Demonstrated progress: partially met. FDA has implemented some of our recommendations, including consistently using its drug shortage information system to improve its ability to respond to drug shortages. However, drug shortages remain a public health concern and FDA has not fully addressed the recommendations that we have made, such as periodically analyzing its shortage data to proactively identify risk factors, and better collecting, tracking, and analyzing data related to safety of drugs after they are marketed.
Response to Globalization
Over the years since we added this area to our High-Risk List, we have made numerous recommendations related to the agency’s response to globalization. As of December 2018, two recommendations remain open. FDA should implement our recommendations to (1) develop performance measures and (2) assess the effectiveness of the foreign offices’ contributions by systematically tracking information to measure whether the offices’ activities specifically contribute to drug safety-related outcomes, such as inspecting facilities, issuing import alerts to block potentially dangerous products, and sending warning letters to manufacturers with significant regulatory violations. In addition to our two open recommendations, FDA should complete its efforts to inspect all establishments without an inspection history and ensure all establishments continue to be inspected at an appropriate frequency.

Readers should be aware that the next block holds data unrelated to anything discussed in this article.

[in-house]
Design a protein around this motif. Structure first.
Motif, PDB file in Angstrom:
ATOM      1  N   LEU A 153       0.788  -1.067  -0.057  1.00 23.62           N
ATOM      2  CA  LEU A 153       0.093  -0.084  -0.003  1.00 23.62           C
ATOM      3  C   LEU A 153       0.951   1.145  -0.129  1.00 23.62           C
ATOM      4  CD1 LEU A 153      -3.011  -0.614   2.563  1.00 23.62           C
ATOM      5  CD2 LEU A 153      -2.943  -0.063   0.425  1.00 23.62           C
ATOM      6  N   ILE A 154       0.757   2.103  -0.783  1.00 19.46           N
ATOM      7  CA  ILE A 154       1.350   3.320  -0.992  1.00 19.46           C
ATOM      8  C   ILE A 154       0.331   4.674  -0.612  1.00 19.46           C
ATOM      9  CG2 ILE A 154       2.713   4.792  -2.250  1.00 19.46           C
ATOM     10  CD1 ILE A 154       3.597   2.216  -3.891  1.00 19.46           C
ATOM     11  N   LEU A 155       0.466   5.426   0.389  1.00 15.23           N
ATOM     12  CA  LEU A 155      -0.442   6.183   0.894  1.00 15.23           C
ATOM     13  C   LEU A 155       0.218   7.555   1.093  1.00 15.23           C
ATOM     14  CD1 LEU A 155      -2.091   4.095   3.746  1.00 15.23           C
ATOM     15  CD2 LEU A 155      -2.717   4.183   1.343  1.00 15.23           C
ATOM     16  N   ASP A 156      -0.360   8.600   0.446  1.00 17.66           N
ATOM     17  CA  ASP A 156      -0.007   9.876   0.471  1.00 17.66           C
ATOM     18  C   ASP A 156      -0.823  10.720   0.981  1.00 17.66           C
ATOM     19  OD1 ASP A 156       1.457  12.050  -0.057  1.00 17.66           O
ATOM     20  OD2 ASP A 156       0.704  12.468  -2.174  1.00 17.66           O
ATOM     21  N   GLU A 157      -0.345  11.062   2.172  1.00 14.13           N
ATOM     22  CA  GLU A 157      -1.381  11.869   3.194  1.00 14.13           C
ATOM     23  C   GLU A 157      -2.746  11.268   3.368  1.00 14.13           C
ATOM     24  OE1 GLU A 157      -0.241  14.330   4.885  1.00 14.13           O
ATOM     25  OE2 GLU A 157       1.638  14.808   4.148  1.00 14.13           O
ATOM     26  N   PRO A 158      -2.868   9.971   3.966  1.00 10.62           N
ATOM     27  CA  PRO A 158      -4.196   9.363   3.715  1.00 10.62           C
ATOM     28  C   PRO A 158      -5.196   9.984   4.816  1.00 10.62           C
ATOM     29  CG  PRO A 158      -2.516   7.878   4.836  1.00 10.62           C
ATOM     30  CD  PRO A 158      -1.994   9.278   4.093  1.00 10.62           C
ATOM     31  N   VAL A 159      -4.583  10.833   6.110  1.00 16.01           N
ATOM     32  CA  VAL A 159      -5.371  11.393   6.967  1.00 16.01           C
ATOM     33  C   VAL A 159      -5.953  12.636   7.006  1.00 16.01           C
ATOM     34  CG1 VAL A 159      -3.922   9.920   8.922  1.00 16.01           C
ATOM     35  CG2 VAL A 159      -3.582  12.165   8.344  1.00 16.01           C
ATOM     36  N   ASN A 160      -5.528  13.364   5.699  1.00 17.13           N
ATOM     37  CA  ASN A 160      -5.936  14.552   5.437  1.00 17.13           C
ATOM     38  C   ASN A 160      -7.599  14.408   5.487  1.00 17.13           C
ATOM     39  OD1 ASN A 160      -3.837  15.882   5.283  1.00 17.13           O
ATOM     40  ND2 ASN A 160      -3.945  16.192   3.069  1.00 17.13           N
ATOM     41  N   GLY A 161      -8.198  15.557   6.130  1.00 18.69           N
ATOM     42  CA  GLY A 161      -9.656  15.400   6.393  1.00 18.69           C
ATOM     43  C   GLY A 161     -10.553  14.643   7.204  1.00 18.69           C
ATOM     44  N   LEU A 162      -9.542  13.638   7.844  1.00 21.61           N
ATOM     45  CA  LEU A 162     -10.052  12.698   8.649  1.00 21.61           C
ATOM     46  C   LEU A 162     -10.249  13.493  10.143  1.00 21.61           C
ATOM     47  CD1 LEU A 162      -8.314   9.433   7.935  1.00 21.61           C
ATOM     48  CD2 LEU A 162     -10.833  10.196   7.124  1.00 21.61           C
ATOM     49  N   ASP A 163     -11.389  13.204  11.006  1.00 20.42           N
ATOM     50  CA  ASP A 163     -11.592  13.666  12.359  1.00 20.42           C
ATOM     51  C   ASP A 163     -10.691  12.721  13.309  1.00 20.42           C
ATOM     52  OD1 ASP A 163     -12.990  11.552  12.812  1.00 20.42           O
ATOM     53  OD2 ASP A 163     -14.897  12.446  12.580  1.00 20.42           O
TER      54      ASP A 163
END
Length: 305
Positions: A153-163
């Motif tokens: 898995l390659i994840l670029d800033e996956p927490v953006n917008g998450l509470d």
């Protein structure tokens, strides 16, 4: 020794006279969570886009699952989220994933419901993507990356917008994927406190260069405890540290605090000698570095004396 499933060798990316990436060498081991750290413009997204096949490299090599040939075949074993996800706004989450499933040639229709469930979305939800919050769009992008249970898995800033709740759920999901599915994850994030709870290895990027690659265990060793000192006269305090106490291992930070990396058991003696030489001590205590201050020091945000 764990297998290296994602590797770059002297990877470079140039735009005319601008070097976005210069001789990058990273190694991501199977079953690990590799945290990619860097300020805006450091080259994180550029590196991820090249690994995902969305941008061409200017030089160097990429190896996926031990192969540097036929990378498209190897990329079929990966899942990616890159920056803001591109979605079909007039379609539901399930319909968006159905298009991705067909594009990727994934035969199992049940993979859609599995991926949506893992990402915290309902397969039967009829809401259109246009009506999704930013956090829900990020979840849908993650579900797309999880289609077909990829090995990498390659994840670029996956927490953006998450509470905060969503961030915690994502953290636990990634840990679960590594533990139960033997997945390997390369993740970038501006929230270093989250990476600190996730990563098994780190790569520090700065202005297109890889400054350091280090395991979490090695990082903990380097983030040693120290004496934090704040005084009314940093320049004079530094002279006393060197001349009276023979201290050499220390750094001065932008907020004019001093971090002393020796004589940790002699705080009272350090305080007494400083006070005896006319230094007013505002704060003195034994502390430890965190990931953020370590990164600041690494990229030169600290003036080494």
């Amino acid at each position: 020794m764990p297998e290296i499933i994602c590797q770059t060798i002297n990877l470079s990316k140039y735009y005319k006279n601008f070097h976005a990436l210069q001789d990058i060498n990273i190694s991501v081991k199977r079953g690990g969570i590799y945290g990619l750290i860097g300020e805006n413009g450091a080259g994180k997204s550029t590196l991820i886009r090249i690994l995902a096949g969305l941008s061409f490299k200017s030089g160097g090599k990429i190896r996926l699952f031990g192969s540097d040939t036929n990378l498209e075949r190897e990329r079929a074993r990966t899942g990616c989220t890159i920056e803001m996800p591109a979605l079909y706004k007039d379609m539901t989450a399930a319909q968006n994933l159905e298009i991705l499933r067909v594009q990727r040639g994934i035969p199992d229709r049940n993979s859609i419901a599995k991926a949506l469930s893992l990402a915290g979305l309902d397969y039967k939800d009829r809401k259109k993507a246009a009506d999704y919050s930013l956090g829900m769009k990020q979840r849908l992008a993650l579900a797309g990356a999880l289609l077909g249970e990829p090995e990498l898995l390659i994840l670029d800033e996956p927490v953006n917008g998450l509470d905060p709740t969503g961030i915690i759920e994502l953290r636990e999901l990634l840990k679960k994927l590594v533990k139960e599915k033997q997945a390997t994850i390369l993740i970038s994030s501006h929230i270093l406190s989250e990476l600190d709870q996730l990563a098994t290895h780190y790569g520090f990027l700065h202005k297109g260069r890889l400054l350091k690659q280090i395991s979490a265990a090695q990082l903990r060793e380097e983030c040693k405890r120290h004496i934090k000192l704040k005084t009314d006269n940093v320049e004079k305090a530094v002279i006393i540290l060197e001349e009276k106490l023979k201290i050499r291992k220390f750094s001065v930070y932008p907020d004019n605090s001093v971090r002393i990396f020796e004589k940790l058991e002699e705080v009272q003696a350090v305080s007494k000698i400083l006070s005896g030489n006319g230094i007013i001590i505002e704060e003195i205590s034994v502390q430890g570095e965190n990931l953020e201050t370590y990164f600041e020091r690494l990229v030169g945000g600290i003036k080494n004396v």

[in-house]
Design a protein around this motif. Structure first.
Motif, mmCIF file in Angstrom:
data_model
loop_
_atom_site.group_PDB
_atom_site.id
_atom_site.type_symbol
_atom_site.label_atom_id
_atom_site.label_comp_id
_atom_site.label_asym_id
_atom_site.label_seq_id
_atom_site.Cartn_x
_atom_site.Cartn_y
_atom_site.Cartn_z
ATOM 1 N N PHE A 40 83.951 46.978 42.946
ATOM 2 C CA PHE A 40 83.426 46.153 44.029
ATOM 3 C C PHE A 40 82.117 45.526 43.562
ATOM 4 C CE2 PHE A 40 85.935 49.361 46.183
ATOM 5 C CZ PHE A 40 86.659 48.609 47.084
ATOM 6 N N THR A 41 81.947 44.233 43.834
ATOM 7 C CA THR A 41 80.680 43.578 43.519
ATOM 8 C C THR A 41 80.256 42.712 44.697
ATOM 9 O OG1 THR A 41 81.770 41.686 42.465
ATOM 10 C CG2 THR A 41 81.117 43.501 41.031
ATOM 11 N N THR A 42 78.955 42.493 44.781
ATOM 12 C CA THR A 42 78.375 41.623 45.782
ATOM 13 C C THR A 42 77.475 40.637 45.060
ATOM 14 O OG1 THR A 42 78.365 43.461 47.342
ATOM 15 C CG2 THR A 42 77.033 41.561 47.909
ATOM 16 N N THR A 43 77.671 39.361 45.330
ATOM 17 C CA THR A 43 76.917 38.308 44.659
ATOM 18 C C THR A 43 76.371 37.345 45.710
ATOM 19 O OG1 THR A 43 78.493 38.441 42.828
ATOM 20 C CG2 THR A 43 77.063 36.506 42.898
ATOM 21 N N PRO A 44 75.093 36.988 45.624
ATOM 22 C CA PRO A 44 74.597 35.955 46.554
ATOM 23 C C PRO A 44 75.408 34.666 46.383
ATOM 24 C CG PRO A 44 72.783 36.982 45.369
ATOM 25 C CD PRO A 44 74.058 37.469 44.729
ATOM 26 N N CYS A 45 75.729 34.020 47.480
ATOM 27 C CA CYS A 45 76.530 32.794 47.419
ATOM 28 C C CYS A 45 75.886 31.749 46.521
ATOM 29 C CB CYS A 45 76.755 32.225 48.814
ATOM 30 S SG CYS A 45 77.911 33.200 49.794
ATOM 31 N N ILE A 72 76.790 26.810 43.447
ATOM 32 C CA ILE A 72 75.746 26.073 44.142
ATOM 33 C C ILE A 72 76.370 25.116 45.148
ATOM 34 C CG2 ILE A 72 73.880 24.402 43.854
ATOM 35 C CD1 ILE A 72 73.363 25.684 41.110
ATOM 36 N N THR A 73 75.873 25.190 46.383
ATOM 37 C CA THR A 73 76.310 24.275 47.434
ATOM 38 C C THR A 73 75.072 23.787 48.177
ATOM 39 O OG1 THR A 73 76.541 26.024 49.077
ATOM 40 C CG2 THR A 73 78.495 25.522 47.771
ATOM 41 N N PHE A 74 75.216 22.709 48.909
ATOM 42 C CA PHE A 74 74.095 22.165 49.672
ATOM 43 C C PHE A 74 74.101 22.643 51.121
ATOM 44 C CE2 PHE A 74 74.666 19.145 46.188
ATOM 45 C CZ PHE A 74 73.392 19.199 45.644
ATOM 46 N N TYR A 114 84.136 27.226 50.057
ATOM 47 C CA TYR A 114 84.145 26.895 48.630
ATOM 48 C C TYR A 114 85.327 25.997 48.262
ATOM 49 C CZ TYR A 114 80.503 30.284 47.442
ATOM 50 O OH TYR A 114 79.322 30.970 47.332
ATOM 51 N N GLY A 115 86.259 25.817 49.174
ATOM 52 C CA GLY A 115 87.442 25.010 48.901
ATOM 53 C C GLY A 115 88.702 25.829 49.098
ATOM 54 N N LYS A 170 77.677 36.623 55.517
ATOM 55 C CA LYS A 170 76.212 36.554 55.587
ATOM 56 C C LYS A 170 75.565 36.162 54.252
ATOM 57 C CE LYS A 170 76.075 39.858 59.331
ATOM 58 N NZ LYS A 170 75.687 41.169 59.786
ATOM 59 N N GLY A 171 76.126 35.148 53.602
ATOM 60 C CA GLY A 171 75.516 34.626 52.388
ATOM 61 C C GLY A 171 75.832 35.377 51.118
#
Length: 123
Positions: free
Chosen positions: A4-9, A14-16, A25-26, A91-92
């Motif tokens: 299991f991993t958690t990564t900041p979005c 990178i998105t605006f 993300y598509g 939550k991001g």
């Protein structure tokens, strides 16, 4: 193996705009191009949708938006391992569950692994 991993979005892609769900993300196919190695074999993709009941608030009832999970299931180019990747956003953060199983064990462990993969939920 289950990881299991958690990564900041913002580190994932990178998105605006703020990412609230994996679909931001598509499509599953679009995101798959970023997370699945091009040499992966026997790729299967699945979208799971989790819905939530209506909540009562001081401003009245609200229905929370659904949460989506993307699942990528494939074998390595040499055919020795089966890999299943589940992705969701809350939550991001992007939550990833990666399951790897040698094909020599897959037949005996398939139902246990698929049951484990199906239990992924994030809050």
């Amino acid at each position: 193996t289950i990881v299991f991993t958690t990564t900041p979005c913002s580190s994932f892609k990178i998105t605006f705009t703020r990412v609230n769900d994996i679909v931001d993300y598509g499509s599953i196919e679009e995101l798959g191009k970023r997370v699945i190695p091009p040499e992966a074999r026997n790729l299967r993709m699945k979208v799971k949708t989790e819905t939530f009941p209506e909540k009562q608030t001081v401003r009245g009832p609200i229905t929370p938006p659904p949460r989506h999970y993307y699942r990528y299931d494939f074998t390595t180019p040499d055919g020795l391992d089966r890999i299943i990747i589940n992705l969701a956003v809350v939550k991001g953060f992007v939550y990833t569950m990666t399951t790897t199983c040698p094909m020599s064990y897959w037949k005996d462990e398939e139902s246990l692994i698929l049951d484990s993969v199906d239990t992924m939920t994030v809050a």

Over the years since we added this area to our High-Risk List, we have made numerous recommendations related to drug availability, 5 of which were made since the last high-risk update in February 2017. As of December 2018, 12 recommendations remain open. Although FDA alone cannot guarantee drug availability, the agency can take important steps to help ensure that safe and effective drugs are accessible to patients. FDA should implement our recommendations, including to:
- conduct periodic analyses to assess drug shortage information to proactively identify risk factors for potential drug shortages;
- develop comprehensive plans, including goals and time frames, to correct problems with its data for monitoring safety after a product is on the market, and ensure that these data can be easily used for oversight;